The US has amended a law that previously denied citizenship to children born via surrogacy
The State Department has confirmed it will now grant citizenship to any children born abroad to same-sex or heterosexual couples via IVF, surrogacy, or other assisted reproductive technologies.
The new policy obliges the children to be born to at least one parent being a US citizen and that the couple is legally married. The child must also have biological ties to at least one child.
According to npr.com, the new guidelines reverse a long-standing rule that considered children born outside of the US to a surrogate to be born what is termed as out-of-wedlock even if the parents were married
Same-sex couples had to file a lawsuit to have their children declared US citizens.
This is a major step forward in reproductive and surrogacy legislation and has been approved under the Immigration and Nationality Act to ‘take into account the realities of modern families’.
In a statement, Aaron Morris, executive director of campaign rights group Immigration Equality said it was a huge day for all LGBTQ families.
He said: “This is a remarkable moment for all the LGBTQ families who fought the US State Department’s unconditional policy.
“It demonstrates that when our community is united and relentlessly pushes back against discrimination, we win. We have once again affirmed that it is not biology but love that makes a family.”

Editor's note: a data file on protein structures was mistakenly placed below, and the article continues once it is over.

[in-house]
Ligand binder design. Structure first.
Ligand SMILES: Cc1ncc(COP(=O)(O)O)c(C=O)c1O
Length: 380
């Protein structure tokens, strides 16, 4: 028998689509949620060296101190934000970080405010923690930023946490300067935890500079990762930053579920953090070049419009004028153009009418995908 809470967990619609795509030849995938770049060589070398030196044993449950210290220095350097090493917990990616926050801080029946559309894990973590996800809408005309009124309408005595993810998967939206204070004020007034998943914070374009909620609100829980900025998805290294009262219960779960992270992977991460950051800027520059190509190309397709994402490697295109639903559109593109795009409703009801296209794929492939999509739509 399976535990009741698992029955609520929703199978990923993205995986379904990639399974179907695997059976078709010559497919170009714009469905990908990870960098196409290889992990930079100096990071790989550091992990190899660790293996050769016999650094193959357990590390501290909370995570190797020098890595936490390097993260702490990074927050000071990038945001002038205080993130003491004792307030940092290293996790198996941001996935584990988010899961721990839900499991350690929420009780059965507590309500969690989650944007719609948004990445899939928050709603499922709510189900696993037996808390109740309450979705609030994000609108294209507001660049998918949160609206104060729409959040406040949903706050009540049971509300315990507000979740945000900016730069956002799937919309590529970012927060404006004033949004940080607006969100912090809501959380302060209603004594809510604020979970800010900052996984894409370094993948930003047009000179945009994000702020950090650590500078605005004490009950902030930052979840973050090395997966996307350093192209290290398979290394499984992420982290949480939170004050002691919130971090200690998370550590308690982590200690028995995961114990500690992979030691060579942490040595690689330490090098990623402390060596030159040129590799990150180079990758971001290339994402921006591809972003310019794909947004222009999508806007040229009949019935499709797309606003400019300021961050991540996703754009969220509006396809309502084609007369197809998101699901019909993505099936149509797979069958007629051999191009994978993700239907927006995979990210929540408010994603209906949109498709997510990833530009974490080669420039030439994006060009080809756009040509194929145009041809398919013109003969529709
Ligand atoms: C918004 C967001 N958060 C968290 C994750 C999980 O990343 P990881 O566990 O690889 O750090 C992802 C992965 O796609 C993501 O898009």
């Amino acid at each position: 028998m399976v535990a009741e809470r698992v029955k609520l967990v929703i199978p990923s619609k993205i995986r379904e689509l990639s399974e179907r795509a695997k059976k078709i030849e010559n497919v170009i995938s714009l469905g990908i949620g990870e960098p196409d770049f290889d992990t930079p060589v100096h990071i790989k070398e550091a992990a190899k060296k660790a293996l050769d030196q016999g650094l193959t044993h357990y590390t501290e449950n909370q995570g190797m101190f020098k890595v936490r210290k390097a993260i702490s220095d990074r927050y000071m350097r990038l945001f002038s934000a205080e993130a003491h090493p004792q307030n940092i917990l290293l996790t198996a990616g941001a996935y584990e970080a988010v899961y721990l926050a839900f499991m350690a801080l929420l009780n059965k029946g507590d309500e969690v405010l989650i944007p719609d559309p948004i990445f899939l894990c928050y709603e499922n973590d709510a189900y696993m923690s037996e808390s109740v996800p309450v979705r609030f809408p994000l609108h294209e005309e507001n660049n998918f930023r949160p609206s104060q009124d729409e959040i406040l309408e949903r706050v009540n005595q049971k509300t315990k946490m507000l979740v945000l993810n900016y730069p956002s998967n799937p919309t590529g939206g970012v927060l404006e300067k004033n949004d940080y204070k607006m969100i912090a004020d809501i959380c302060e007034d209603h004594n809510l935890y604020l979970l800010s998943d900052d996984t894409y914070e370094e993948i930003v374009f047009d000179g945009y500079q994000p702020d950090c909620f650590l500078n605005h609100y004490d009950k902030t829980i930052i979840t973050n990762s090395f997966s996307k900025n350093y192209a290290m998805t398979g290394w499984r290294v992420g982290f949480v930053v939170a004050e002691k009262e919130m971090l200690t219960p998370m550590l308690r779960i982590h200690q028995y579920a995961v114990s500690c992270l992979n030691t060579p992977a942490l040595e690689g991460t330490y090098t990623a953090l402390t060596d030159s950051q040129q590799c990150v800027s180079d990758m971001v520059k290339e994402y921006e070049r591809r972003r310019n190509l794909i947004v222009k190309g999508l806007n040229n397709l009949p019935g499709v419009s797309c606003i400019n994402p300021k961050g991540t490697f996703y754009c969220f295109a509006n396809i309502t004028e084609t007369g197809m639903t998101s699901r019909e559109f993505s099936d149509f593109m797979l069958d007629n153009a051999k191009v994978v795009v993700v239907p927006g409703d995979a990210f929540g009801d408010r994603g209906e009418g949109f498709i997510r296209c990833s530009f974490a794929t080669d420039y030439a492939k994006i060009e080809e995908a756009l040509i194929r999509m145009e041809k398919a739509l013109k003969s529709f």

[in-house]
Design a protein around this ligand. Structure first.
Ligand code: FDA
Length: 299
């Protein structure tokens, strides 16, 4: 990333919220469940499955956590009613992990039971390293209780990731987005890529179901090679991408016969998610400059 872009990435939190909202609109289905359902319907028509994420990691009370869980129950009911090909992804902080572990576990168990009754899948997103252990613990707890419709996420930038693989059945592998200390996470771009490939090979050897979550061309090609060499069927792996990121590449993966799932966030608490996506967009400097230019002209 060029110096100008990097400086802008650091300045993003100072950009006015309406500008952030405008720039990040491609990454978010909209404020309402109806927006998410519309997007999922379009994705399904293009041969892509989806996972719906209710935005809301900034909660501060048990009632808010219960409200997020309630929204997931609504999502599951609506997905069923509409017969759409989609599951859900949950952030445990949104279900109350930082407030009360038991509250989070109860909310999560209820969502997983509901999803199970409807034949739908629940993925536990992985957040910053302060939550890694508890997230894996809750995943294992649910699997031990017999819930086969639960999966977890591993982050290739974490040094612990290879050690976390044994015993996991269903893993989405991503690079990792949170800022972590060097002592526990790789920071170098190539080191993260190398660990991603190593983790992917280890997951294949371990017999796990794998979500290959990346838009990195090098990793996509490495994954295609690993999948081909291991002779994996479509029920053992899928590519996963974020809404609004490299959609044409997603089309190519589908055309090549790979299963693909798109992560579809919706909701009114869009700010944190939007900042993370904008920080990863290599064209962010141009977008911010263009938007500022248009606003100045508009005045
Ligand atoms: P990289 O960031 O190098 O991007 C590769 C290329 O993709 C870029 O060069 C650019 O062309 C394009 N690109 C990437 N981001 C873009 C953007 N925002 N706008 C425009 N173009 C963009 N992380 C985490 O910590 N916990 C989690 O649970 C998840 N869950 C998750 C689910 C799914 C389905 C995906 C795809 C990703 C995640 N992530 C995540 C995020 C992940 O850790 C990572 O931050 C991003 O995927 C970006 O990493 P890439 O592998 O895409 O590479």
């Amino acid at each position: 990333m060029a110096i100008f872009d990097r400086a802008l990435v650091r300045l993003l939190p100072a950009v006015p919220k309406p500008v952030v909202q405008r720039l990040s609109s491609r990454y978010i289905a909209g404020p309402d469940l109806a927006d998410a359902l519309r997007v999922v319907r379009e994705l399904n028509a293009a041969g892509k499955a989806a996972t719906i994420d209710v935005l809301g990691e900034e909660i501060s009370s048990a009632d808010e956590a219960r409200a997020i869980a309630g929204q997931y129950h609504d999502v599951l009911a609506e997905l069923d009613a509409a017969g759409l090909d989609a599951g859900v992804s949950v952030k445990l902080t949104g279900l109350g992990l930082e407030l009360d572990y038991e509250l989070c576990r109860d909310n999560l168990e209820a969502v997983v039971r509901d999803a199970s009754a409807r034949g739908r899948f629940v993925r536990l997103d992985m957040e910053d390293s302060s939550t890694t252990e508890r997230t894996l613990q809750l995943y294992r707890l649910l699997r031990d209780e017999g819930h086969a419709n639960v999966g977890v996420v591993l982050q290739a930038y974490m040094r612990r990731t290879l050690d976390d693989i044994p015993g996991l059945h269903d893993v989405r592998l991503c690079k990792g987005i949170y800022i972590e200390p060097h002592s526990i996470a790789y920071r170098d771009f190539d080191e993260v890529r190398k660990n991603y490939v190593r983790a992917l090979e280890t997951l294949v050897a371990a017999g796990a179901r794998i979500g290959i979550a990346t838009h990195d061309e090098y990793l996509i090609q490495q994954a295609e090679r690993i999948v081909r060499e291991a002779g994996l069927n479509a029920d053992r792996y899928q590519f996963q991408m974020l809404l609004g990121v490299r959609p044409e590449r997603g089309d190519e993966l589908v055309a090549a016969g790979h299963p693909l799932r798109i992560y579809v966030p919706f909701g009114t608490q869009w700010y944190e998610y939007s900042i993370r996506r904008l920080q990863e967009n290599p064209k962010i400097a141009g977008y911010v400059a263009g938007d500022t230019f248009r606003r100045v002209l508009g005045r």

Several cases have been pursued through the courts in recent months, including that of Allison Blixt and Stefania Zaccari, who were in the middle of a lawsuit after the State Department for denying birthright citizenship to their son, Lucas.
The couple was not just fighting to have Lucas recognised as a US citizen but also their marriage in the eyes of the State Department, something that has now been achieved due to the changes made to the guidelines.
Allison said: “We are relieved and thankful that our fight for our family to be recognised by the government has finally ended.
“We knew we would succeed eventually, as trailblazers before us fought and won marriage equality. Our marriage is finally recognised and treated equally. Lucas, who made me a mother, will finally be treated as my son and recognised as American, as his brother always has been.”
To find out more about Immigration Equality and the work they do, click here.
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